• Developing a new staff-facing website sharing resources to support publishing strategies, funding applications, open research, and ethics.

Staff often found it hard to source information about core processes and support, particularly after the time we all spent apart during pandemic. This resource is designed to help alleviate these problems.

Collaborate to support

These five example initiatives intentionally take a grassroots approach. Impactful in themselves, they also leave space for more ambitious projects aimed at overcoming entrenched inequalities, which require a cultural reordering in higher education.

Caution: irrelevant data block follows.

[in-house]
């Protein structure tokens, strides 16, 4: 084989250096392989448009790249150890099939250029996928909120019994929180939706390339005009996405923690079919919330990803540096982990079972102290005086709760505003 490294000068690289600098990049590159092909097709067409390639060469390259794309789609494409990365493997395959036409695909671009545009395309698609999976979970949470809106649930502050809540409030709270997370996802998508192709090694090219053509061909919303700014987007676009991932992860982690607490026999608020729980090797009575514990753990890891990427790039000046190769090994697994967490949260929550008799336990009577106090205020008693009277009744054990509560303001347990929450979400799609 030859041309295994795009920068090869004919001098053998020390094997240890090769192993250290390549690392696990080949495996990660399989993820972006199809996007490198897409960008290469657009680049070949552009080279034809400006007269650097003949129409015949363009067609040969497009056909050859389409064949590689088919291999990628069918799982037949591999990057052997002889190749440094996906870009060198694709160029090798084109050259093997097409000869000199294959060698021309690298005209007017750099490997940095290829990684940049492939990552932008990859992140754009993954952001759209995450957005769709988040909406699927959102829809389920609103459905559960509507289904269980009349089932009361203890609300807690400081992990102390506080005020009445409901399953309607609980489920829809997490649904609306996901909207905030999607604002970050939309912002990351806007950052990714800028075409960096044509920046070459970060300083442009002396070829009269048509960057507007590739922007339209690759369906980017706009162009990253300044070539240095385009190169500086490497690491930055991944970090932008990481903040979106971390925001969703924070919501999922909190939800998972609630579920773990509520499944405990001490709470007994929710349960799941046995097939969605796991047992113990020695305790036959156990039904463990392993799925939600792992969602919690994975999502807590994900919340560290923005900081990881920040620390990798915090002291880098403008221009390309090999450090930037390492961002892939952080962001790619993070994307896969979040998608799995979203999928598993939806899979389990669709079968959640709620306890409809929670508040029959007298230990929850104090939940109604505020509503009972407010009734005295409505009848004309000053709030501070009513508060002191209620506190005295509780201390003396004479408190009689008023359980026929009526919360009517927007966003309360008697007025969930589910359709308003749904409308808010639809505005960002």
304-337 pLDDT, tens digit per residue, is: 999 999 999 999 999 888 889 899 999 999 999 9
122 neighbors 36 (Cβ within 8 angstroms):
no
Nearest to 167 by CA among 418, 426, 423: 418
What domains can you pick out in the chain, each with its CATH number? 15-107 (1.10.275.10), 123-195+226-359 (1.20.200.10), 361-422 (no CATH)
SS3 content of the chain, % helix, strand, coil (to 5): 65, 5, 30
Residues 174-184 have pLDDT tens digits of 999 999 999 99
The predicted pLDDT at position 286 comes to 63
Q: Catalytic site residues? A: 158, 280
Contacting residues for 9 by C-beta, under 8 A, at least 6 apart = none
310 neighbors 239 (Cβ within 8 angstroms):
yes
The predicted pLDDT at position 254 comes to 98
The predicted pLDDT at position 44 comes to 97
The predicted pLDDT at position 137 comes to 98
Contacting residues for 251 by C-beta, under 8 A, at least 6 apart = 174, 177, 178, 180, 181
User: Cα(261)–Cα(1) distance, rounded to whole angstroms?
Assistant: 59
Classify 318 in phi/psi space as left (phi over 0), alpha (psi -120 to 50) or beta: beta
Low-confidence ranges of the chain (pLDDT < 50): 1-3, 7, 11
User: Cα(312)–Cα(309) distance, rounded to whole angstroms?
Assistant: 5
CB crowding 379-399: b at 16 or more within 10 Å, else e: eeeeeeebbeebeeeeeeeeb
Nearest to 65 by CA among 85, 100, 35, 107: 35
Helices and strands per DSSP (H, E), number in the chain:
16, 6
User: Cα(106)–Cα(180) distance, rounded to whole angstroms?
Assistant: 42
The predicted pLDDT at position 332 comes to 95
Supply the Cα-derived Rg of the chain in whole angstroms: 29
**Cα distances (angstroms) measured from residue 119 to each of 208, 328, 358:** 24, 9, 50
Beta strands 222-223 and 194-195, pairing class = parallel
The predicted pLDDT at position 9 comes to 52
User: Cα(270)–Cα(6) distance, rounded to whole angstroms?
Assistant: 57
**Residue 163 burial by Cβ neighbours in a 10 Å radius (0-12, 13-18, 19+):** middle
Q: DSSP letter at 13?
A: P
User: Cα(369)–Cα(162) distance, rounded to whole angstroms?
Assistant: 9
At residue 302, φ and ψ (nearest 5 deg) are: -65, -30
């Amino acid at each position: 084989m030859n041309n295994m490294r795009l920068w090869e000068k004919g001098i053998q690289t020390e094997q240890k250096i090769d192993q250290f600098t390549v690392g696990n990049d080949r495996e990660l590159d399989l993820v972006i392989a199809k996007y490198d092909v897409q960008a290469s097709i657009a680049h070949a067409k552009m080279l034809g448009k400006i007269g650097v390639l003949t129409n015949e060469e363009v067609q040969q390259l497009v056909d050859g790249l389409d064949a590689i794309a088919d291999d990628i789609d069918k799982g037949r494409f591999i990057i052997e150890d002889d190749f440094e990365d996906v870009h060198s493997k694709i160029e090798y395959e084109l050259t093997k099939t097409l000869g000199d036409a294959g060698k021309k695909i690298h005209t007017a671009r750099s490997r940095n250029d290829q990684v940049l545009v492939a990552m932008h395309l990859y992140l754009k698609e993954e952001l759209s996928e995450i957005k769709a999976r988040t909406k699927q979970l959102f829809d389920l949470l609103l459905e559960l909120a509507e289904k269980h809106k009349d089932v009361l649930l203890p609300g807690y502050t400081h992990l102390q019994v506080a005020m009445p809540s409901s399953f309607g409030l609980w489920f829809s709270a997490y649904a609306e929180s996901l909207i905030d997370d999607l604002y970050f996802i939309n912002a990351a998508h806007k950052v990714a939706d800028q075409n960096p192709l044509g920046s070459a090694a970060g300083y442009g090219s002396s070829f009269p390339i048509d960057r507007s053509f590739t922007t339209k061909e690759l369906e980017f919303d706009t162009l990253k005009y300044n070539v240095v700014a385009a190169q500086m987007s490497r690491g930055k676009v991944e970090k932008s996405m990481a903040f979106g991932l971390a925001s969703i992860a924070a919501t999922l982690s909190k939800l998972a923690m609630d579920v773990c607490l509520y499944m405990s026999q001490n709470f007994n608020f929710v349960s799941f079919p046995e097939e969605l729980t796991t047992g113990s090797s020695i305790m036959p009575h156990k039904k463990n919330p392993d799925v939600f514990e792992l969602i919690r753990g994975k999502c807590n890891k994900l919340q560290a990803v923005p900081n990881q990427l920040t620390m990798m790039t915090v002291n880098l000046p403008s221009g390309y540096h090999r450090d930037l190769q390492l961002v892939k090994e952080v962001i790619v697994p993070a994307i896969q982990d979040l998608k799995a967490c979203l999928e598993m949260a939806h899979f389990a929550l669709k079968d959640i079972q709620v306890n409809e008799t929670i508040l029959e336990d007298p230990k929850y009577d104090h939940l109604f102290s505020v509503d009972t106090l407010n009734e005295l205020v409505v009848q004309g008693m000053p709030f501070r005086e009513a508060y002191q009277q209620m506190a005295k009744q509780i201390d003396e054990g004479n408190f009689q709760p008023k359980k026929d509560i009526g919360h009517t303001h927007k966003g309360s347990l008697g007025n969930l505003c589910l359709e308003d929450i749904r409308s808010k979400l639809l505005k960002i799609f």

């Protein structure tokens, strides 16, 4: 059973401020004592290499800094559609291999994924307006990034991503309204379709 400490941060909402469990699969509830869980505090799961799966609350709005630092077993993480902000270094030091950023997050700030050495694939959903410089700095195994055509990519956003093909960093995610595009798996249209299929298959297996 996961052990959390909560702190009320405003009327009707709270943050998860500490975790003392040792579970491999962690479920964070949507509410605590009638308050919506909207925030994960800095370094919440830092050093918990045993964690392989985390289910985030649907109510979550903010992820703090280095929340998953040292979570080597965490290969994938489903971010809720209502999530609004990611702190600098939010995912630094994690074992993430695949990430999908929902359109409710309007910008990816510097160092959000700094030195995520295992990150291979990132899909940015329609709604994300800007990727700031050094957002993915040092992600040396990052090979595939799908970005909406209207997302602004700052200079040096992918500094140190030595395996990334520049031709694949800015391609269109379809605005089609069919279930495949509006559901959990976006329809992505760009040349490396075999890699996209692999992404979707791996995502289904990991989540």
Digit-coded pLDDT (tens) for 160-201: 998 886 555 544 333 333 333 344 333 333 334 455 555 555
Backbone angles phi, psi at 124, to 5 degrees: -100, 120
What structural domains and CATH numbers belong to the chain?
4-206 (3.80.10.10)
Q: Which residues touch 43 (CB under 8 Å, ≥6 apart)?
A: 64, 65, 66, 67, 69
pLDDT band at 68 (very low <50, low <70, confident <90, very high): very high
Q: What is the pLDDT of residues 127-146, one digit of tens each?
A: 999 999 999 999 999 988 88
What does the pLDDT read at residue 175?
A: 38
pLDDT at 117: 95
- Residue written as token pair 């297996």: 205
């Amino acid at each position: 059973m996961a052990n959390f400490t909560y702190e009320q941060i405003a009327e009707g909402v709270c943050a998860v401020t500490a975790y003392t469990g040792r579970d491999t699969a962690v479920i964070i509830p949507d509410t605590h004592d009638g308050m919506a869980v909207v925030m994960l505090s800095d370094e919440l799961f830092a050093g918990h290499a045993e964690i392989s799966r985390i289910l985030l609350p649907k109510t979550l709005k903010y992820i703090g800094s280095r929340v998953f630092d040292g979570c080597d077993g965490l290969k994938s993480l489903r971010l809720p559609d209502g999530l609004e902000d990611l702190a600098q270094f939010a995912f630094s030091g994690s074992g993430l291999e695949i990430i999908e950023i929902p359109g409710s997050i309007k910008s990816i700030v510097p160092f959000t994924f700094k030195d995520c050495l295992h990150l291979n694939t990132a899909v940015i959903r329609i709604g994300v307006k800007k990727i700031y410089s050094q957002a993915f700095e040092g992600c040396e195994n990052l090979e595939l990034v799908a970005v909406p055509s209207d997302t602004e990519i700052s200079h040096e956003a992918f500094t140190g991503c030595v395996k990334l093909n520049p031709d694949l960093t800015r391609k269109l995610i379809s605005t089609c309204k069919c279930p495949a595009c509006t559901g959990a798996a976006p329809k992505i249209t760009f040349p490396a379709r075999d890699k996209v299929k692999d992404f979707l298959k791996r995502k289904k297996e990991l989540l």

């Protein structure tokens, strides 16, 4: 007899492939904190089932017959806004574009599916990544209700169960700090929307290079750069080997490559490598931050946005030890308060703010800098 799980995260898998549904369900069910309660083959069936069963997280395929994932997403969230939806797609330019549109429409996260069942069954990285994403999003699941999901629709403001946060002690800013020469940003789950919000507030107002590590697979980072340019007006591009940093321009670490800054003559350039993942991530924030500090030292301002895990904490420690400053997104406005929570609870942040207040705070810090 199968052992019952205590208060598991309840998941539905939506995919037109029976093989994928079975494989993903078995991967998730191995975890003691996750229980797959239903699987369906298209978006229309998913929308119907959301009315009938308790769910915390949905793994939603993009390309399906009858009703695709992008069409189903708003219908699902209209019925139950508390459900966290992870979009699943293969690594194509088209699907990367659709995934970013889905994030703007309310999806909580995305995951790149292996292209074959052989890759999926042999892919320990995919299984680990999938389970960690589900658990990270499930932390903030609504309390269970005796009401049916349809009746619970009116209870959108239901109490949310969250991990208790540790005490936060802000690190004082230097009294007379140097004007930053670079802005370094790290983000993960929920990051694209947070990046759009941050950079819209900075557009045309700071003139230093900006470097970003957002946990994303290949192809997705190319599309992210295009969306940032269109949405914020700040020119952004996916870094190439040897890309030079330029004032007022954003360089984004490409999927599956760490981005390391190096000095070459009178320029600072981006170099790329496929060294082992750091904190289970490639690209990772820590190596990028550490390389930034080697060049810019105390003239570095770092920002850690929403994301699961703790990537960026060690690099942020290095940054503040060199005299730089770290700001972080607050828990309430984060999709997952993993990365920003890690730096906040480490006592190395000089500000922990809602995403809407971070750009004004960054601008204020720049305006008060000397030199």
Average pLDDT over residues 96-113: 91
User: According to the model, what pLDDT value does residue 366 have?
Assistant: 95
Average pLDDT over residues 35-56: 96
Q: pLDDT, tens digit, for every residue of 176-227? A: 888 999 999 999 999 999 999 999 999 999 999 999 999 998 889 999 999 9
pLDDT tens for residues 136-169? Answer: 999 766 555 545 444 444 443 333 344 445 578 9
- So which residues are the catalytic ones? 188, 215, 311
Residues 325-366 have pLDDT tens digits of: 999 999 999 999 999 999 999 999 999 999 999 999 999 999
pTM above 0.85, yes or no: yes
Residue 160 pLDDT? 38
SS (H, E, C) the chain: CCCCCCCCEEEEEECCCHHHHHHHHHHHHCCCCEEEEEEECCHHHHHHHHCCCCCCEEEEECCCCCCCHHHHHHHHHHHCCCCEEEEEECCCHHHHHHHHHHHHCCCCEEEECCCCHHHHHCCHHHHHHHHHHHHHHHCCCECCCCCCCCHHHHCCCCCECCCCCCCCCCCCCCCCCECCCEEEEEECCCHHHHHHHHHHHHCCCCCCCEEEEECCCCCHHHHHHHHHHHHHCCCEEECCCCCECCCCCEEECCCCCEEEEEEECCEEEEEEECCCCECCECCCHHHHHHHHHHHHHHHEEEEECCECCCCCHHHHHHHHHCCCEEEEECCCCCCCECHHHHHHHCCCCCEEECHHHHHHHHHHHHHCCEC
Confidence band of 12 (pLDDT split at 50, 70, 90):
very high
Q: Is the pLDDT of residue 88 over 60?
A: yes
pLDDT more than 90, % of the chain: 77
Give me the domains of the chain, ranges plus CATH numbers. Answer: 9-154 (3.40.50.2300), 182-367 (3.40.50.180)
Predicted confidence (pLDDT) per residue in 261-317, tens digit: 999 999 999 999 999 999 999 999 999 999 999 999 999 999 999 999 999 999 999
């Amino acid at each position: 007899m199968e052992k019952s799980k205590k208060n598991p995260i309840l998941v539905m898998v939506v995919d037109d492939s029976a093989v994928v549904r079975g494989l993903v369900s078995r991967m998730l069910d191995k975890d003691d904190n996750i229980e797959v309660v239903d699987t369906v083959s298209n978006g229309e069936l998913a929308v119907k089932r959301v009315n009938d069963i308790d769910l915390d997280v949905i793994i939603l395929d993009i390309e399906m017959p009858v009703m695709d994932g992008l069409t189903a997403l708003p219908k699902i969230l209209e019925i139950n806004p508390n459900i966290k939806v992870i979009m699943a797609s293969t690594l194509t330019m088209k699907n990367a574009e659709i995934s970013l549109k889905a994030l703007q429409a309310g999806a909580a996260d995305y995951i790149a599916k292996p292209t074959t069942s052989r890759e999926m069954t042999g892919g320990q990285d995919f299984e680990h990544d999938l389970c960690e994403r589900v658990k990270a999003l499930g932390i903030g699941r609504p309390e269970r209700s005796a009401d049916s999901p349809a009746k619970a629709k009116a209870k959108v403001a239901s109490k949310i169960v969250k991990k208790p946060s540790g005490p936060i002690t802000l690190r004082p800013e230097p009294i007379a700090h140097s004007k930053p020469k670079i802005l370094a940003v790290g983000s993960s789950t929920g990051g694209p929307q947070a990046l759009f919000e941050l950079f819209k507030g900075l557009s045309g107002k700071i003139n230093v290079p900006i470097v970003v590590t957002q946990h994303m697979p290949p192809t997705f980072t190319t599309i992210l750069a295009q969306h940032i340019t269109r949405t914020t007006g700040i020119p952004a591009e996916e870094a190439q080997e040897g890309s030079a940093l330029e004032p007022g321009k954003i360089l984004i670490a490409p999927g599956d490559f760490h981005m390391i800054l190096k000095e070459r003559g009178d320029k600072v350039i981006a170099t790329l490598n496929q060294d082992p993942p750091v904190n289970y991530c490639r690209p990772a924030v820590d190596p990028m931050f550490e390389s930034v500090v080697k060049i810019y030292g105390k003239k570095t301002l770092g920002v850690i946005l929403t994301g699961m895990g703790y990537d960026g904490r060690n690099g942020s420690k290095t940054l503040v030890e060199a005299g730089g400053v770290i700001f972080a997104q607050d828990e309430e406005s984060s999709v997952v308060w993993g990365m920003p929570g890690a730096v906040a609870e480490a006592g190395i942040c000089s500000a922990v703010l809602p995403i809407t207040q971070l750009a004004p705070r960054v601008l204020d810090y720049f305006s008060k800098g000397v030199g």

We cannot advance collectively if our approaches to research support are kept secret, to be weaponised for competitive external auditing exercises across our disciplines. To this end we have established a culture of sharing practice across our discipline via the British International Studies Association (BISA) Directors of Research and Innovation Forum (mirroring the DoRI Forum within our own institution). Working with external colleagues, we share best practices in research support to fulfil an important but often neglected duty of care that we owe to our discipline beyond the walls of our own universities.

These are tentative steps. However, they illuminate the power of shared learning over competition in our efforts to recentre collaborative, inclusive, open and supportive research culture and practice in our communities.